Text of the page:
What Everyone Needs To Know About Service Dogs

What Everyone Needs To Know About Service Dogs

No matter who you are- from someone who’s never even seen a service dog to someone who utilizes a service dog in your daily life- there are some things that everyone should know about service dogs. Being aware of these things can help you be a better neighbor to those who need service dogs to help mitigate the impact of a disability on their life.

Maybe you’re just curious about whether having a service dog is right for you. There is a lot of misleading information out there, and even companies that try to sell useless products to those who do not understand what it means to own a dog under the Americans with Disabilities Act (ADA). Understanding exactly what a service dog is for and what your rights are (or aren’t) can help you make the right decision if you’re considering getting a service dog to help you out.

By the way, since this topic is near and dear to my heart, I want to remind you of a very special coupon code we have for you just for deciding to read this week! You can find it about halfway through here :)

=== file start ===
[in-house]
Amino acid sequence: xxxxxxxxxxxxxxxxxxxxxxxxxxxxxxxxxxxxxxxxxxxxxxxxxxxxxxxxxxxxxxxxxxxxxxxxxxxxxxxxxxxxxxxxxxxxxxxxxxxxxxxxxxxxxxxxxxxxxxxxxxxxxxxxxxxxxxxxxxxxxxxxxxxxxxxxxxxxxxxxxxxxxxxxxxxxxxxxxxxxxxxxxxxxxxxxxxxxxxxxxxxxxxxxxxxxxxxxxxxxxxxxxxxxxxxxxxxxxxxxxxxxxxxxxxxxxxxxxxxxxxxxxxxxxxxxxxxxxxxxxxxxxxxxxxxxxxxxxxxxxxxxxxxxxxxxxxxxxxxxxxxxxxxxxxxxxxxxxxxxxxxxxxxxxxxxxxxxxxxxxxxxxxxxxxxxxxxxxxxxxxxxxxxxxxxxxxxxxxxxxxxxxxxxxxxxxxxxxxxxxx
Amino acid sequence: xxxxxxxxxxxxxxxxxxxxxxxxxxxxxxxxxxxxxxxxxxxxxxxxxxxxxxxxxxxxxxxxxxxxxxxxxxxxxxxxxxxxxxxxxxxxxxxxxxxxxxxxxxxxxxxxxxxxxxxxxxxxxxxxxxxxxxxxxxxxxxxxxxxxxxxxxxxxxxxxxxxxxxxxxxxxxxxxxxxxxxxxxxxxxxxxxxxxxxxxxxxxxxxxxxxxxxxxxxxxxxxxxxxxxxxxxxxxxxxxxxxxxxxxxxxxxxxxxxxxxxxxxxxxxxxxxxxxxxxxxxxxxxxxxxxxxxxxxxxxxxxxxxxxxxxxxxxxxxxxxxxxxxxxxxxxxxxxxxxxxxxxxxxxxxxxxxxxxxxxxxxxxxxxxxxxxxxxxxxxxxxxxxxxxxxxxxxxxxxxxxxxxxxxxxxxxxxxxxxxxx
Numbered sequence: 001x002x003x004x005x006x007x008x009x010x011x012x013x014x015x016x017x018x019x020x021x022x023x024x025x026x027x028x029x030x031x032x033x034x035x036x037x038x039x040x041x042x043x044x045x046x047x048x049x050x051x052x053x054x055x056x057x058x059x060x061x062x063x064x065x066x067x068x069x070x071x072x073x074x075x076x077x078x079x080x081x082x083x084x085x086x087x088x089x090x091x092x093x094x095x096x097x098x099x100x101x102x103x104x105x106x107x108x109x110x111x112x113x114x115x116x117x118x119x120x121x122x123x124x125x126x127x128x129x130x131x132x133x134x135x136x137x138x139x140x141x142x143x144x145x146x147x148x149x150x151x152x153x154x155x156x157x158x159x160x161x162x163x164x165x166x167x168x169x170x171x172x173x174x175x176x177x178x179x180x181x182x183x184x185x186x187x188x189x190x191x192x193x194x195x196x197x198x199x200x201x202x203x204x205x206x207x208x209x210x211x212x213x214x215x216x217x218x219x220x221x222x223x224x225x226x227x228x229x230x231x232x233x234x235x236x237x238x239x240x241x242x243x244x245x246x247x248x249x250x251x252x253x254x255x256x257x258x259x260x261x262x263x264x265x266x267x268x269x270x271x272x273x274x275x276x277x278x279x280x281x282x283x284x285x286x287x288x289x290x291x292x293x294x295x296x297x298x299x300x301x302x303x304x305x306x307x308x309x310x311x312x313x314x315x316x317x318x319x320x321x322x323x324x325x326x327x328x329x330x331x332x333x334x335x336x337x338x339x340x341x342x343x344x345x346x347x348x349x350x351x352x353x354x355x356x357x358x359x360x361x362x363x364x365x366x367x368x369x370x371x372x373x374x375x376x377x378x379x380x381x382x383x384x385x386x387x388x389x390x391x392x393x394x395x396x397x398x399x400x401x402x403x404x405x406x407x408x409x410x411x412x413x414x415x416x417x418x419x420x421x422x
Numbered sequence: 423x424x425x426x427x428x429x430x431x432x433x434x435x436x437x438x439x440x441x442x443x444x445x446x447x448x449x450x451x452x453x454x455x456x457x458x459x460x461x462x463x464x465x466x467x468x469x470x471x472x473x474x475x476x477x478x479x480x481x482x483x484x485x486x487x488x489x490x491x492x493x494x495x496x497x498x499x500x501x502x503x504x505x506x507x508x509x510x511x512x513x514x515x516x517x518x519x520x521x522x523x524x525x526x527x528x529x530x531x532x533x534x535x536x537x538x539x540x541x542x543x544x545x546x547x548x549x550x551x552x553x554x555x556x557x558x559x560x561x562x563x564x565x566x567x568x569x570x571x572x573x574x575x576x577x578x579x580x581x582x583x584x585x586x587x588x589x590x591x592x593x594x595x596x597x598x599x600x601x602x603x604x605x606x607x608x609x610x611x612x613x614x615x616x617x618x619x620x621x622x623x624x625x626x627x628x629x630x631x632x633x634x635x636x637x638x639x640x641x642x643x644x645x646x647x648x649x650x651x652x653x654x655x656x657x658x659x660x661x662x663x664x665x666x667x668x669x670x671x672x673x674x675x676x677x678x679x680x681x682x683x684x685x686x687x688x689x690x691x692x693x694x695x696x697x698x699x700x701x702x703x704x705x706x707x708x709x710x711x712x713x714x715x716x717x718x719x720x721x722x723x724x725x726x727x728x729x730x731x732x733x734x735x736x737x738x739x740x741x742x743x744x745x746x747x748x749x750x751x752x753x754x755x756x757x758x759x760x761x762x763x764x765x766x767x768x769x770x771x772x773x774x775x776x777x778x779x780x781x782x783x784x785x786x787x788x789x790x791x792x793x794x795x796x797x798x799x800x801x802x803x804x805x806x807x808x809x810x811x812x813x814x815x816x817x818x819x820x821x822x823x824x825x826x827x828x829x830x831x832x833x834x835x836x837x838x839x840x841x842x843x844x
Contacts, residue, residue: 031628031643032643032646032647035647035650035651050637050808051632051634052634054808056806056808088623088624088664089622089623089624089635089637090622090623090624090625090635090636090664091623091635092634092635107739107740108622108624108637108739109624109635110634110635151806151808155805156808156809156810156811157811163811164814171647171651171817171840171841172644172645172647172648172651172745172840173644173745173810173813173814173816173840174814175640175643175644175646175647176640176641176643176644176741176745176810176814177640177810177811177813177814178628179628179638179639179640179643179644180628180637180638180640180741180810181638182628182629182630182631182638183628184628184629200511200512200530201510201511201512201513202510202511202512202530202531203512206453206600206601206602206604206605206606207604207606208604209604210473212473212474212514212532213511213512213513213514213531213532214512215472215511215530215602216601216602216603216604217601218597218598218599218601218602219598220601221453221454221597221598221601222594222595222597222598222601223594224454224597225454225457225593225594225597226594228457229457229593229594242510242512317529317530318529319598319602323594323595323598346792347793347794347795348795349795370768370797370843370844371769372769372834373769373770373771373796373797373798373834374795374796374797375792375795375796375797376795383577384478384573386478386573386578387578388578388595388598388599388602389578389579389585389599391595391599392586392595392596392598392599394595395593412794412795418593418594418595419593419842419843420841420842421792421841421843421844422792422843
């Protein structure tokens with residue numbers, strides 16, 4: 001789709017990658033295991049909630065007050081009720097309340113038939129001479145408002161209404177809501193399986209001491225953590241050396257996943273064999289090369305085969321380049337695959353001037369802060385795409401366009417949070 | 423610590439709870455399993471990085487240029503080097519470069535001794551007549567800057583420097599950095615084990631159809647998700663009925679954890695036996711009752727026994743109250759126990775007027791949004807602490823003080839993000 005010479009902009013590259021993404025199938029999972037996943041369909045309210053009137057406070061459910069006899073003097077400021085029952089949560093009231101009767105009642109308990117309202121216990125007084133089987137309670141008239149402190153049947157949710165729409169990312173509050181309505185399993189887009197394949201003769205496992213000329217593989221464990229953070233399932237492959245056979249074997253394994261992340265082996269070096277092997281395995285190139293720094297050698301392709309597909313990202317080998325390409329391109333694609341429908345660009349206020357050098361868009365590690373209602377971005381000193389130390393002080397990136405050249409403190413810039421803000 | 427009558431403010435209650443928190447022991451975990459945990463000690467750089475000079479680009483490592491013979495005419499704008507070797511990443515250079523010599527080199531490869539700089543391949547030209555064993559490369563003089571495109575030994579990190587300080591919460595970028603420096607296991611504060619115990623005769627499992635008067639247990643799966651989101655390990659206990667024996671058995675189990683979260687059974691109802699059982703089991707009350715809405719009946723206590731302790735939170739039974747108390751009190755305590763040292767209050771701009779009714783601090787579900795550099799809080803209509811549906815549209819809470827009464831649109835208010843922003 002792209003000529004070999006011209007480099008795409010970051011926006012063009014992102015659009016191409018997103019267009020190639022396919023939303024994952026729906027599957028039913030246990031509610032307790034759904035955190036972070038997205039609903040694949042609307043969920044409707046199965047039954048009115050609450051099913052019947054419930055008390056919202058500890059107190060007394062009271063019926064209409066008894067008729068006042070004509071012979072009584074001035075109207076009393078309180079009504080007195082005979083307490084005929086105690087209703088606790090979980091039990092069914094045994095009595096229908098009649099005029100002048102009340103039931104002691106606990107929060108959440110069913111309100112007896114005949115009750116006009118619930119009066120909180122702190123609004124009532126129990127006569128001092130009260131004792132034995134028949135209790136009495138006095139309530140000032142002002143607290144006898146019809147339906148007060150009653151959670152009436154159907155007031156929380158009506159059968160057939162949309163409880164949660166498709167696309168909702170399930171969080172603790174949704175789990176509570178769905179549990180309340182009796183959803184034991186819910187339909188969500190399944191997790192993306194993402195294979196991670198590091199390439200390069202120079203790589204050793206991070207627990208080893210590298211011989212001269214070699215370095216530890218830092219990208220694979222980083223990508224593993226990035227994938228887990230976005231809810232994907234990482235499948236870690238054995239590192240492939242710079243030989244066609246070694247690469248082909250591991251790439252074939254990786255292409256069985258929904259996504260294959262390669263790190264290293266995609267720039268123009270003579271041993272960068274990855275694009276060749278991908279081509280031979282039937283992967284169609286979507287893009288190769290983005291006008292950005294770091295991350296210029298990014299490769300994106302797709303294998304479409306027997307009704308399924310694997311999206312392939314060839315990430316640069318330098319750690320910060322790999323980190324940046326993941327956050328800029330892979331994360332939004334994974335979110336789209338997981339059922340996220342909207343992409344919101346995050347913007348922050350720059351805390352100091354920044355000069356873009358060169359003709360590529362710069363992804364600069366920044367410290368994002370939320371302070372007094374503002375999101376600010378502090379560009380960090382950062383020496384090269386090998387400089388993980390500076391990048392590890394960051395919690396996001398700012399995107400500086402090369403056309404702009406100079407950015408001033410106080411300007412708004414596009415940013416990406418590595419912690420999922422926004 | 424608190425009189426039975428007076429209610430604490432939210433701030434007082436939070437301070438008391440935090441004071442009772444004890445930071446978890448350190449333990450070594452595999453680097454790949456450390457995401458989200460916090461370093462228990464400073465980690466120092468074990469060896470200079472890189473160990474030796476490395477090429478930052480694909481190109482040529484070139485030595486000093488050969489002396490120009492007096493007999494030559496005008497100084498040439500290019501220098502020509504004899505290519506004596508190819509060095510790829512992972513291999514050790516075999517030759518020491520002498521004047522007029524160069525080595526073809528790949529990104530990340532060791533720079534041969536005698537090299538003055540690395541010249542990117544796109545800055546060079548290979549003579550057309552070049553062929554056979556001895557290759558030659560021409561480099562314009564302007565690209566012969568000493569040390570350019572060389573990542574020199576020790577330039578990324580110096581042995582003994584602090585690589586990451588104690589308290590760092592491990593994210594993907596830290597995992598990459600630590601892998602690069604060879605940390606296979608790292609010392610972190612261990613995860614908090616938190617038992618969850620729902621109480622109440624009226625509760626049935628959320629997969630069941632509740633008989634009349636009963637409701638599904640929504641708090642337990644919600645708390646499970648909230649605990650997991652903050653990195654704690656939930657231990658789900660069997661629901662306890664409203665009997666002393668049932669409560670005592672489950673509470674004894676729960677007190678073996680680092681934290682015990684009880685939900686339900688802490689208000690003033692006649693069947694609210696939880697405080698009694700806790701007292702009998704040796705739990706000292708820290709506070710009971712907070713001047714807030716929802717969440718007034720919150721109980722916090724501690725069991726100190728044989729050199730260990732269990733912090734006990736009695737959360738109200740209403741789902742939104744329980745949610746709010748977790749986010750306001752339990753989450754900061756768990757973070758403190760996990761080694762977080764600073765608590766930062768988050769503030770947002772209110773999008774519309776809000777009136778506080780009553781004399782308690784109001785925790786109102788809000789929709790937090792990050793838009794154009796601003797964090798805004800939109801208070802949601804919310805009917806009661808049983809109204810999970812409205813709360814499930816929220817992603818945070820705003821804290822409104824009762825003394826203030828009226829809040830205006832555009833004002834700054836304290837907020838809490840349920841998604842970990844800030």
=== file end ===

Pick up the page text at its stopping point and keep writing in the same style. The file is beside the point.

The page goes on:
What is a service dog?

According to the ADA,  “Service animals are defined as dogs that are individually trained to do work or perform tasks for people with disabilities. Examples of such work or tasks include guiding people who are blind, alerting people who are deaf, pulling a wheelchair, alerting and protecting a person who is having a seizure, reminding a person with mental illness to take prescribed medications, calming a person with Post Traumatic Stress Disorder (PTSD) during an anxiety attack, or performing other duties. Service animals are working animals, not pets. The work or task a dog has been trained to provide must be directly related to the person’s disability. Dogs whose sole function is to provide comfort or emotional support do not qualify as service animals under the ADA.”

There are specific guidelines that the ADA sets for service dogs, their requirements, their rights, and limitations:

  1. Staff are only allowed to ask 2 questions: Is this dog a service animal that helps with a disability? What tasks is it trained to perform? Besides those 2 questions, they can’t ask for documentation or IDs (we’ll talk about that later), what your disability is, or require your dog to demonstrate its job to them.